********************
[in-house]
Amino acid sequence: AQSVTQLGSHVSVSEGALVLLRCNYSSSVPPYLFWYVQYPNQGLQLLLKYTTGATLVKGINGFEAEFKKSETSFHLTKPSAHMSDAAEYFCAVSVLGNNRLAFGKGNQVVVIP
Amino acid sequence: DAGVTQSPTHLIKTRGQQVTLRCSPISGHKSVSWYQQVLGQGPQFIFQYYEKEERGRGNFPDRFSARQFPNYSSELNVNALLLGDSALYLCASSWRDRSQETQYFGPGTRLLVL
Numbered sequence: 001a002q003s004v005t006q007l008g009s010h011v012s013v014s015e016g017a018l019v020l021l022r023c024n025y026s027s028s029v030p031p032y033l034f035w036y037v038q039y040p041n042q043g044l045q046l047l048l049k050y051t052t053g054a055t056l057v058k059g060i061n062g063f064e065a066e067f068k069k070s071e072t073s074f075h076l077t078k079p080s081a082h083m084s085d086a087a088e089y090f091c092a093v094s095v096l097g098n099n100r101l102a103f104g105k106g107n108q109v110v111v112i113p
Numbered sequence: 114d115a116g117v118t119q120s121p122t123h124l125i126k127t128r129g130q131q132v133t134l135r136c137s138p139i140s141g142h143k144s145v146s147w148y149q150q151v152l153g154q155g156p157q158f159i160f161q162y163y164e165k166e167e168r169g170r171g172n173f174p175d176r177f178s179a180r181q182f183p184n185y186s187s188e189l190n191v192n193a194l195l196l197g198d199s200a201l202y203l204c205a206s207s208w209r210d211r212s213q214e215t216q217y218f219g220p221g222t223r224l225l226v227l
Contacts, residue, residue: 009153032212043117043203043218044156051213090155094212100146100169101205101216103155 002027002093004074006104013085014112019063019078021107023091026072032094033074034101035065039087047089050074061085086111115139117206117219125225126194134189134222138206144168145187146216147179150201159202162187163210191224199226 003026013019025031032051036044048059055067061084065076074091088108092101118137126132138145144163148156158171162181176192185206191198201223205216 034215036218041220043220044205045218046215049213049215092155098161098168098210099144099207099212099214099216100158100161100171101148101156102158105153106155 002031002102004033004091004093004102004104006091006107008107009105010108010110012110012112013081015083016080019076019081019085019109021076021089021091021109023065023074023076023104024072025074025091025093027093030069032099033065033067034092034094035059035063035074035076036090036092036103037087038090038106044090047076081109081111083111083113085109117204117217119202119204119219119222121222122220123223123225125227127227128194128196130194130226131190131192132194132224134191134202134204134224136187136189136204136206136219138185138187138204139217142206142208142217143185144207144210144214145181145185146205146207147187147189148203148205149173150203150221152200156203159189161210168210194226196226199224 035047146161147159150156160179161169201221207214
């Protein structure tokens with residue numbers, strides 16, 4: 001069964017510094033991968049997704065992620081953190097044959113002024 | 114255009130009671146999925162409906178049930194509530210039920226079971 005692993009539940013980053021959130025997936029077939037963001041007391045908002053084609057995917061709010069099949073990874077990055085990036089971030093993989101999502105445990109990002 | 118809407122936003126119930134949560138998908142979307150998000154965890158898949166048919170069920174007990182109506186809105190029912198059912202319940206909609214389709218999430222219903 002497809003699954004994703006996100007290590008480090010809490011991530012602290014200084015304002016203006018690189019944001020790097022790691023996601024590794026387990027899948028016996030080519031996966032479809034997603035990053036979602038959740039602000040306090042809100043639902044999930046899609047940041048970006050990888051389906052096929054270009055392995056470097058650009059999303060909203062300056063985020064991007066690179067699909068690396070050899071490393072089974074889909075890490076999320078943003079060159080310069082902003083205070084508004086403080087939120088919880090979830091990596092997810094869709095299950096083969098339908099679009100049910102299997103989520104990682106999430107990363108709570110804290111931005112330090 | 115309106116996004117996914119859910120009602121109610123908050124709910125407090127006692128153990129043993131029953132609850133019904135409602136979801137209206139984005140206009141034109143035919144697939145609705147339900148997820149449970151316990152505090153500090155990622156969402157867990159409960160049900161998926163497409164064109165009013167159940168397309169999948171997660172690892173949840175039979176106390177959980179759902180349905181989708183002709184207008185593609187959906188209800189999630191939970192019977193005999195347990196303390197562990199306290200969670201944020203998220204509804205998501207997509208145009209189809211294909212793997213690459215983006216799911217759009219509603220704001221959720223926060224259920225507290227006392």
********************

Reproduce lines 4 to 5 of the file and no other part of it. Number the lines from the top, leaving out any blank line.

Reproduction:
Numbered sequence: 001a002q003s004v005t006q007l008g009s010h011v012s013v014s015e016g017a018l019v020l021l022r023c024n025y026s027s028s029v030p031p032y033l034f035w036y037v038q039y040p041n042q043g044l045q046l047l048l049k050y051t052t053g054a055t056l057v058k059g060i061n062g063f064e065a066e067f068k069k070s071e072t073s074f075h076l077t078k079p080s081a082h083m084s085d086a087a088e089y090f091c092a093v094s095v096l097g098n099n100r101l102a103f104g105k106g107n108q109v110v111v112i113p
Numbered sequence: 114d115a116g117v118t119q120s121p122t123h124l125i126k127t128r129g130q131q132v133t134l135r136c137s138p139i140s141g142h143k144s145v146s147w148y149q150q151v152l153g154q155g156p157q158f159i160f161q162y163y164e165k166e167e168r169g170r171g172n173f174p175d176r177f178s179a180r181q182f183p184n185y186s187s188e189l190n191v192n193a194l195l196l197g198d199s200a201l202y203l204c205a206s207s208w209r210d211r212s213q214e215t216q217y218f219g220p221g222t223r224l225l226v227l